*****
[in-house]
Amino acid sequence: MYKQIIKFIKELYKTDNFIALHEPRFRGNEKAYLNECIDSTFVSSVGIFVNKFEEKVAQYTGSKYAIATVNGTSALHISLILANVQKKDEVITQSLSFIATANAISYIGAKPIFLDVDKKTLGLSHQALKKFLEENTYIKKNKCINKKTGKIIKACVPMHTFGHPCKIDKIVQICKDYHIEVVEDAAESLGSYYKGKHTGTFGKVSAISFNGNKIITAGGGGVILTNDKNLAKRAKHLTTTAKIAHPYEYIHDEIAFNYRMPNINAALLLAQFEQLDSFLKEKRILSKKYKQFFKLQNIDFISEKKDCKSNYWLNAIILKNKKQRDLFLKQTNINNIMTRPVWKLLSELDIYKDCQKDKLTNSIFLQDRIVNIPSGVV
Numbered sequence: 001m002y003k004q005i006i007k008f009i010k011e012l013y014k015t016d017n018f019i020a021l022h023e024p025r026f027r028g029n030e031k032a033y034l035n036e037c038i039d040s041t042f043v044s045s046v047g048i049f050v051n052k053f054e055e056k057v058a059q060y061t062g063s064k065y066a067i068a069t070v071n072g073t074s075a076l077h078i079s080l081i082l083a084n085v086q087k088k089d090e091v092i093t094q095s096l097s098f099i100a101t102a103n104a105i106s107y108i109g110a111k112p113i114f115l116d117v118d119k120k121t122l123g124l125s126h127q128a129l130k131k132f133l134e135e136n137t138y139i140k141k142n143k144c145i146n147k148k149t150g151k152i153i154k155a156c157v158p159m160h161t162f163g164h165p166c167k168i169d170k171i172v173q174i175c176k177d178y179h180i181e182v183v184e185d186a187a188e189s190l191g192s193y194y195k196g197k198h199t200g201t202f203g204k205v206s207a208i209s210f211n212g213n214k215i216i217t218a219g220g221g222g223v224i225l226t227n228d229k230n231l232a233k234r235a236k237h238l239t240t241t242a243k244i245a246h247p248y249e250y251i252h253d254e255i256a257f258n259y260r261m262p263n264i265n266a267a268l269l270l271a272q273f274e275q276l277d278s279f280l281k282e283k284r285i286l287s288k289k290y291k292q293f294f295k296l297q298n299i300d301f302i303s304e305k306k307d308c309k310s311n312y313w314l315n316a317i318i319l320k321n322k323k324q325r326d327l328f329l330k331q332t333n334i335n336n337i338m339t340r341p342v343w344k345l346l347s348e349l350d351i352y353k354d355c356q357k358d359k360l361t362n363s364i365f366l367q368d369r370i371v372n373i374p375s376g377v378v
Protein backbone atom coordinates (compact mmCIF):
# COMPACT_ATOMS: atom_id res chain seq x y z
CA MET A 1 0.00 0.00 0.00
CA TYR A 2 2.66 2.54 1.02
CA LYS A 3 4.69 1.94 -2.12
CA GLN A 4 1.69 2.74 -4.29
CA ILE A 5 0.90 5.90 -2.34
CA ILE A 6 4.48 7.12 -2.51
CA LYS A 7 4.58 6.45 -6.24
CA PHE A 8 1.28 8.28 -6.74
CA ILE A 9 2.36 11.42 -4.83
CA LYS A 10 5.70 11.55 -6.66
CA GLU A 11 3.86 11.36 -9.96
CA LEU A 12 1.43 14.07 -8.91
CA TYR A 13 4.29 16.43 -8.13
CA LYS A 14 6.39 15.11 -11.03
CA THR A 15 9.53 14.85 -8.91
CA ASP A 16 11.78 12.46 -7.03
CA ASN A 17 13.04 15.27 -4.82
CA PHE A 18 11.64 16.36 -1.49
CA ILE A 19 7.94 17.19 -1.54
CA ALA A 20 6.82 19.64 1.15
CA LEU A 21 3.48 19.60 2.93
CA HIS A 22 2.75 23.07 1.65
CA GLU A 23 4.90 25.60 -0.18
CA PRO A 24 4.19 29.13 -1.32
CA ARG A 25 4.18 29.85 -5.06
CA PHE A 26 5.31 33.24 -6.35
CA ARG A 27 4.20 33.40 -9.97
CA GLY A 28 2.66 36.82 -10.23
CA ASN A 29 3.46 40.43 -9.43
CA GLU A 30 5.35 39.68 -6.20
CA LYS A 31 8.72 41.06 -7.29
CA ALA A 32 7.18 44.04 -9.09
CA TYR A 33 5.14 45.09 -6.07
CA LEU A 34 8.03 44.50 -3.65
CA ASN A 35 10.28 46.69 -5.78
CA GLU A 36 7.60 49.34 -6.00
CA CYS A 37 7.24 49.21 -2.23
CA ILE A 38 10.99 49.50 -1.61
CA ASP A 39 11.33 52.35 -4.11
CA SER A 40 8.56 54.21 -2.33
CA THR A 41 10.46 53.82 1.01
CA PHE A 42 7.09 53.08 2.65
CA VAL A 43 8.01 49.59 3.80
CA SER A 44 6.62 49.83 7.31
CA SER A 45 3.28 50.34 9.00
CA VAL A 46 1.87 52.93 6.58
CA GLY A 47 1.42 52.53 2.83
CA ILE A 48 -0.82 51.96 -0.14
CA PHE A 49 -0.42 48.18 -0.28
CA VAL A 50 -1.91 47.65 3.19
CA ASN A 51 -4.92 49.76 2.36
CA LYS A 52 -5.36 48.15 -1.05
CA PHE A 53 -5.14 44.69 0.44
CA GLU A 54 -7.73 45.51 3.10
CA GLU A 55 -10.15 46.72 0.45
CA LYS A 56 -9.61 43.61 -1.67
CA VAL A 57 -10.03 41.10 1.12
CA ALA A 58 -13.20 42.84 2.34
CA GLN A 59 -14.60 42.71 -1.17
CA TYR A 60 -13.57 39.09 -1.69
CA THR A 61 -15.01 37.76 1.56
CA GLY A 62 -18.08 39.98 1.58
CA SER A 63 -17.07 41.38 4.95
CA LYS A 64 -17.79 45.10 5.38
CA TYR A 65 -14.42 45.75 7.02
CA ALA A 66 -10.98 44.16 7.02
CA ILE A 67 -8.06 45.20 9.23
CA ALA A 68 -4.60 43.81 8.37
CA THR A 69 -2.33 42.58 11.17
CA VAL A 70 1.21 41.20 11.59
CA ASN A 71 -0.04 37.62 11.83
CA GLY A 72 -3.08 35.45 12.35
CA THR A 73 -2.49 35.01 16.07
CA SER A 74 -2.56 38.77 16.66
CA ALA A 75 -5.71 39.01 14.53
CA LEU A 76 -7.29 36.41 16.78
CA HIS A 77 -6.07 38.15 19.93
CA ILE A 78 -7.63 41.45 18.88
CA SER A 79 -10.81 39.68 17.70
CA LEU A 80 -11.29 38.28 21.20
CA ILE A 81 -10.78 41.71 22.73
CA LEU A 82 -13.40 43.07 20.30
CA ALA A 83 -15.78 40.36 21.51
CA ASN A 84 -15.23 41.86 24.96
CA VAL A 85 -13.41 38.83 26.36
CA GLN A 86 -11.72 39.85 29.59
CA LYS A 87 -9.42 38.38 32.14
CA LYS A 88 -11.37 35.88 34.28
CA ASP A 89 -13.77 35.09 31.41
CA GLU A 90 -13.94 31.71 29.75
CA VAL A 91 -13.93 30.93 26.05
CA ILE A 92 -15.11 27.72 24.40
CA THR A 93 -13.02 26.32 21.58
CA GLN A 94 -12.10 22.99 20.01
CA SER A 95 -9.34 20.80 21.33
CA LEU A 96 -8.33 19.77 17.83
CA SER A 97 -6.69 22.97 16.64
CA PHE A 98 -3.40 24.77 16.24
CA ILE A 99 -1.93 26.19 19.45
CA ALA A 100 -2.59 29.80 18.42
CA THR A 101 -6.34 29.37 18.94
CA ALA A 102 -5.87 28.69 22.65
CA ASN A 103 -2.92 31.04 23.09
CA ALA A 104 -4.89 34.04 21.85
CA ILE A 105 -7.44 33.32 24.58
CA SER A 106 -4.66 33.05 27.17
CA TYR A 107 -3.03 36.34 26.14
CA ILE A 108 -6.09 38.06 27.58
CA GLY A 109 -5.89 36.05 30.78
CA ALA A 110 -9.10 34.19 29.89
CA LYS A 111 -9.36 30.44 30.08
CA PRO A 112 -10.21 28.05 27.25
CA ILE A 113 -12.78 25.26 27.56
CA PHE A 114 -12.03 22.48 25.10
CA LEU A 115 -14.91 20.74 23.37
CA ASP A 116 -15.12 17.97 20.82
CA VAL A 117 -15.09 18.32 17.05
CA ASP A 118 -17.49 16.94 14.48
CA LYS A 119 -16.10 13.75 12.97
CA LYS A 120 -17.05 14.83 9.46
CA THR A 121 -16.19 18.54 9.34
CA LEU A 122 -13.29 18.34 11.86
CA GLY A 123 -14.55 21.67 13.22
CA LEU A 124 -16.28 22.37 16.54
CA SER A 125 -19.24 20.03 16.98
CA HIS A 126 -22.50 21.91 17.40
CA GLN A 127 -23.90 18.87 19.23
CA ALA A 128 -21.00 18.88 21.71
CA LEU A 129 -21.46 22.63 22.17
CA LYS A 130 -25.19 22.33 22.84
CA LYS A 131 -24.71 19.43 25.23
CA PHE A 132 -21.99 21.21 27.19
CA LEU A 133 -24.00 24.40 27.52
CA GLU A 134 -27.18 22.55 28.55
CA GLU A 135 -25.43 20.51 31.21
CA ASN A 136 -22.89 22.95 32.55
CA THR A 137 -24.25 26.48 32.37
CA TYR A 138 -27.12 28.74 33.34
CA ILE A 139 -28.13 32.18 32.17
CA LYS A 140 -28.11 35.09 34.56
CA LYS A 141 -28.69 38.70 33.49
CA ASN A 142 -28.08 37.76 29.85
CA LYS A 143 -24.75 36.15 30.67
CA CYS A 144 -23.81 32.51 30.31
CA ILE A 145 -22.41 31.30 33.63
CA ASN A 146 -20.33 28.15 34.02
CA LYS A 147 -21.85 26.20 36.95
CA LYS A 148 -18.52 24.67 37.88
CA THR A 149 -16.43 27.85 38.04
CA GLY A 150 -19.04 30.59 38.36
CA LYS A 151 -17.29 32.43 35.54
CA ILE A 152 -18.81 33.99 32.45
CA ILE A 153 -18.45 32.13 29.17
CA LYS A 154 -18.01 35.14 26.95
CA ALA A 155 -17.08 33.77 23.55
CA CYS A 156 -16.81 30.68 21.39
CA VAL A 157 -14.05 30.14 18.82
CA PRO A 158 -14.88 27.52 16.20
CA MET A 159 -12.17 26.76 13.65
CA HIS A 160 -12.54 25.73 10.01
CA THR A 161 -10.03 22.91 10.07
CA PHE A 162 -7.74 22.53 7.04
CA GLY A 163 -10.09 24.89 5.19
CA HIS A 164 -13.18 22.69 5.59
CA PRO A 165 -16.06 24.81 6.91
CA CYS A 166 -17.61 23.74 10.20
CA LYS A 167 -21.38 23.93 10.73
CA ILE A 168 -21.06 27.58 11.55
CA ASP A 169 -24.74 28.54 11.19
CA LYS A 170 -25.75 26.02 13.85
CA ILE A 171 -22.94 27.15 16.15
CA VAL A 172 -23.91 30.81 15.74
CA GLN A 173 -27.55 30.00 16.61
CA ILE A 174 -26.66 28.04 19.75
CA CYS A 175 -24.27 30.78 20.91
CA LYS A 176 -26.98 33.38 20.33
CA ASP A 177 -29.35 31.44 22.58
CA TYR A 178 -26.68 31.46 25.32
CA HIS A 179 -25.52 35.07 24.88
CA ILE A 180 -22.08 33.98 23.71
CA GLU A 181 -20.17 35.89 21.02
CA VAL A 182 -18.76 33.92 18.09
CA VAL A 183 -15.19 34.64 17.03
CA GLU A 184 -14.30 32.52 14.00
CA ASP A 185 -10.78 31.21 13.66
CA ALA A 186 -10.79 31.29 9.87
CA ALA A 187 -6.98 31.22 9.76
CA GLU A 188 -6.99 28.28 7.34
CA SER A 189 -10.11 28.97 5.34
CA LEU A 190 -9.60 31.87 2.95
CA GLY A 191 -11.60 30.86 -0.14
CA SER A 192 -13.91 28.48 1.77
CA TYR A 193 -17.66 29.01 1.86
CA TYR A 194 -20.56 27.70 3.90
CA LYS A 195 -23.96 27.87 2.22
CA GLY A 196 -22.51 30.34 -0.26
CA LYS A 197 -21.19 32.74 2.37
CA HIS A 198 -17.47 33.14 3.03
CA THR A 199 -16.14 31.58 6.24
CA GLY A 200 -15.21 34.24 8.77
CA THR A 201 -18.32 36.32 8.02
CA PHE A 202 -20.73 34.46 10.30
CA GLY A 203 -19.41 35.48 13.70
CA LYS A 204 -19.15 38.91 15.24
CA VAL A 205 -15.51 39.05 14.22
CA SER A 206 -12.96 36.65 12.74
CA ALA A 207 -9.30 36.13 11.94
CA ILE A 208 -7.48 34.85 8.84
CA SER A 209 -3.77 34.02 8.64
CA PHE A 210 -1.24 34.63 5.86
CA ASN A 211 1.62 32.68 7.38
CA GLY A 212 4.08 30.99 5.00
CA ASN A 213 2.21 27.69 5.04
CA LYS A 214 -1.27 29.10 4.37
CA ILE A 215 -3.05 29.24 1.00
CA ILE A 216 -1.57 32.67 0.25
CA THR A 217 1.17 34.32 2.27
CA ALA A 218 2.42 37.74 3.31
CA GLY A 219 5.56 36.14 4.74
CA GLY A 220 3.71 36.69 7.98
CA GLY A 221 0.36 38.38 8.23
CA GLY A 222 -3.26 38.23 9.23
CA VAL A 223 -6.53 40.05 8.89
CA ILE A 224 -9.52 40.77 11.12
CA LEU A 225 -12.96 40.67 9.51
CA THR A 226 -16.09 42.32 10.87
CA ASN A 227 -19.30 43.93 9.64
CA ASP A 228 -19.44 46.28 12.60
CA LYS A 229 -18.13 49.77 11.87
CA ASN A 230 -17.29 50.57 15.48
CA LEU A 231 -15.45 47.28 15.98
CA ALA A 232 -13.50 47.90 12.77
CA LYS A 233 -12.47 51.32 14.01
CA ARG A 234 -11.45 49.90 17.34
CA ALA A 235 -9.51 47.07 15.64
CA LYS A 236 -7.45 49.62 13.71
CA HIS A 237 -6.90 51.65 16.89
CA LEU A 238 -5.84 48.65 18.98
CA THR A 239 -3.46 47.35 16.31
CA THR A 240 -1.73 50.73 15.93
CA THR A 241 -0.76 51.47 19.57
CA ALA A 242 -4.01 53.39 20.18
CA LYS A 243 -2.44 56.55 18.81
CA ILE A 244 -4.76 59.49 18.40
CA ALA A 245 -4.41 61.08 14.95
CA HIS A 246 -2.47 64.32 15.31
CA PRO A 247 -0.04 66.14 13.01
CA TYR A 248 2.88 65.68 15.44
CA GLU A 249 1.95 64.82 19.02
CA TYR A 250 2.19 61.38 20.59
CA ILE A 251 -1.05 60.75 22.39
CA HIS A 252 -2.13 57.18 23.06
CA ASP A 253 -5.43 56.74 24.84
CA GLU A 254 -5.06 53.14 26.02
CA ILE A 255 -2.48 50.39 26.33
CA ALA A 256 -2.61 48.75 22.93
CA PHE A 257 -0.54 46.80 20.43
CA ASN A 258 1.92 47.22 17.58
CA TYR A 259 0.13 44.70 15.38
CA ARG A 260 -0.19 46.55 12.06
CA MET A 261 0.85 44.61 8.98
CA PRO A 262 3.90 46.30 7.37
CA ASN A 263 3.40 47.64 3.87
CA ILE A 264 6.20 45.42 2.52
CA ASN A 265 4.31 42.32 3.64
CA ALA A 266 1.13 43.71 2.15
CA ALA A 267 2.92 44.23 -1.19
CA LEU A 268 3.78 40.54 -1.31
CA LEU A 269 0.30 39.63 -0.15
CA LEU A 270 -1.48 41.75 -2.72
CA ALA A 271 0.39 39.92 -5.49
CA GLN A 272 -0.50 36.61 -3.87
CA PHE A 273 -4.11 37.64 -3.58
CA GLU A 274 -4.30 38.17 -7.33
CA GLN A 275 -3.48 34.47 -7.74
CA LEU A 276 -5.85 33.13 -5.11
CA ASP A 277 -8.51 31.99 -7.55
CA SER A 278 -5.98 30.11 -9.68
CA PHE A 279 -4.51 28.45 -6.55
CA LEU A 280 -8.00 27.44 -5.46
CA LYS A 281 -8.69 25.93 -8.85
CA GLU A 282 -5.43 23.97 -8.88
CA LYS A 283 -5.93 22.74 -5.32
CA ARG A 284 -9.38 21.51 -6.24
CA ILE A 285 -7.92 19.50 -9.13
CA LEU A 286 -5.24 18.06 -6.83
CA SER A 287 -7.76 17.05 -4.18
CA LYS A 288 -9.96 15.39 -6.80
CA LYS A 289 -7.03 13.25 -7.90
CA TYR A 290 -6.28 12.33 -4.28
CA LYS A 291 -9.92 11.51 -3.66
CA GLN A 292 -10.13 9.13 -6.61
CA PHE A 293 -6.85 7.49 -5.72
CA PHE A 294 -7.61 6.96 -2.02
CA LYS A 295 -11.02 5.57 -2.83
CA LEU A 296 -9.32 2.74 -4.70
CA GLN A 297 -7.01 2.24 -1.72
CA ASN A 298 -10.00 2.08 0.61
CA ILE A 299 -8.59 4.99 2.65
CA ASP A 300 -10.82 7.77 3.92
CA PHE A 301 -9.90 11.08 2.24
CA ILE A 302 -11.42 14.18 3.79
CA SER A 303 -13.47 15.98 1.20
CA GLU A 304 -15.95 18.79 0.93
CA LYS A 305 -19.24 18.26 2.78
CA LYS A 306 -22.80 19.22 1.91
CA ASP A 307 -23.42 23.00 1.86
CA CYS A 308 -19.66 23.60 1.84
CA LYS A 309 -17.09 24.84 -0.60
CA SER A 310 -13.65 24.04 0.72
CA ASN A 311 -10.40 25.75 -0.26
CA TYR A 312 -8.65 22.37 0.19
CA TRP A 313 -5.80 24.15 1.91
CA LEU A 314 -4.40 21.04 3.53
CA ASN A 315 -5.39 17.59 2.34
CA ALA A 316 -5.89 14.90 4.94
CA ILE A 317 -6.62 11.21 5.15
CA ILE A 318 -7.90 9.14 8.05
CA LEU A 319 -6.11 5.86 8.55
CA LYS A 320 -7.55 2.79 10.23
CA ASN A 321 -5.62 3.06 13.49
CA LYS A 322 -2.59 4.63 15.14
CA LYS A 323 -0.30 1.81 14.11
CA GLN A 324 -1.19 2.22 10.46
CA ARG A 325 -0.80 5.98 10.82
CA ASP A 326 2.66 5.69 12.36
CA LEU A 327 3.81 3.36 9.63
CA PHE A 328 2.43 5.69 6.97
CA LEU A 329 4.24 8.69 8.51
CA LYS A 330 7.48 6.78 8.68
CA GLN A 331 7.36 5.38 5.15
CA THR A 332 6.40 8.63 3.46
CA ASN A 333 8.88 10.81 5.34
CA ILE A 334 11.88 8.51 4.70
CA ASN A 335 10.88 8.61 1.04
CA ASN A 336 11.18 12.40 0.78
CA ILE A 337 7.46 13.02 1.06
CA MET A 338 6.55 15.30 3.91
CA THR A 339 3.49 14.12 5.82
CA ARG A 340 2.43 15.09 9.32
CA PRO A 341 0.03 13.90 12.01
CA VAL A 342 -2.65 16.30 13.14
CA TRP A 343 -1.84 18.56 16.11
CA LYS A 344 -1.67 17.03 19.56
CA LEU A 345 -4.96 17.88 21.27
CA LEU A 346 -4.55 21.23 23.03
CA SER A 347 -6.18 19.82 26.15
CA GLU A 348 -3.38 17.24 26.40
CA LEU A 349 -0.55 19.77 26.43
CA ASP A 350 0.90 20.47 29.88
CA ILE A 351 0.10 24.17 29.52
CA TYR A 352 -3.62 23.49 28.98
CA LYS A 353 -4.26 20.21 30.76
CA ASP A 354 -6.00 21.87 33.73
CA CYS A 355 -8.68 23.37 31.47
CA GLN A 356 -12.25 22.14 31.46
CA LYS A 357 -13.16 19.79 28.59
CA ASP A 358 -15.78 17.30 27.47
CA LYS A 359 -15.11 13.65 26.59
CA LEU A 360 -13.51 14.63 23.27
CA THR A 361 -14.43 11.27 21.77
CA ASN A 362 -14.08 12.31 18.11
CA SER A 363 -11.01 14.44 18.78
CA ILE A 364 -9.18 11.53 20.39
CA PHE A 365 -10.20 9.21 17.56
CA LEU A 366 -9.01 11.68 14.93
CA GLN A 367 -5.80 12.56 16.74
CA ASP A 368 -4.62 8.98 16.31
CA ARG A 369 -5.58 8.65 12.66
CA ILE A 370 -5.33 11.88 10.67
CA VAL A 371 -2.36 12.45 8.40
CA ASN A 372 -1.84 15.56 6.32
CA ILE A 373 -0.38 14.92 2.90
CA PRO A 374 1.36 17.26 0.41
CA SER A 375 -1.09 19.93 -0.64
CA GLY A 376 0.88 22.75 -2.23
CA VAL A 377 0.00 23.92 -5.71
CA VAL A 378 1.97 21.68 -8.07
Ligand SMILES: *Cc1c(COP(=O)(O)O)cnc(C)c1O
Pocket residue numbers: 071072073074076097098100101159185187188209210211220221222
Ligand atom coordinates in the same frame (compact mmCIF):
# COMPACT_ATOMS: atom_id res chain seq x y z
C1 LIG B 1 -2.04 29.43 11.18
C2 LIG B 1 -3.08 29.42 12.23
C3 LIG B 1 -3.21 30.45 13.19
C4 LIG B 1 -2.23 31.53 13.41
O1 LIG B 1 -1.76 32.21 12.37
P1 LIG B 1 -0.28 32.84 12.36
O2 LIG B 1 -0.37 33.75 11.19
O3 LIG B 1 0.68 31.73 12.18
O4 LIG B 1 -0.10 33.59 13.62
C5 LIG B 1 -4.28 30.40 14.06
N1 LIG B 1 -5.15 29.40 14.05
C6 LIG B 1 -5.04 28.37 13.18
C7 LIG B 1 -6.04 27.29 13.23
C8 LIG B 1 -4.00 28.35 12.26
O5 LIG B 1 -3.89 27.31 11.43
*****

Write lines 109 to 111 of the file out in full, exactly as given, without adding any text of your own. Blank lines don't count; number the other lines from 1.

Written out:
CA ALA A 104 -4.89 34.04 21.85
CA ILE A 105 -7.44 33.32 24.58
CA SER A 106 -4.66 33.05 27.17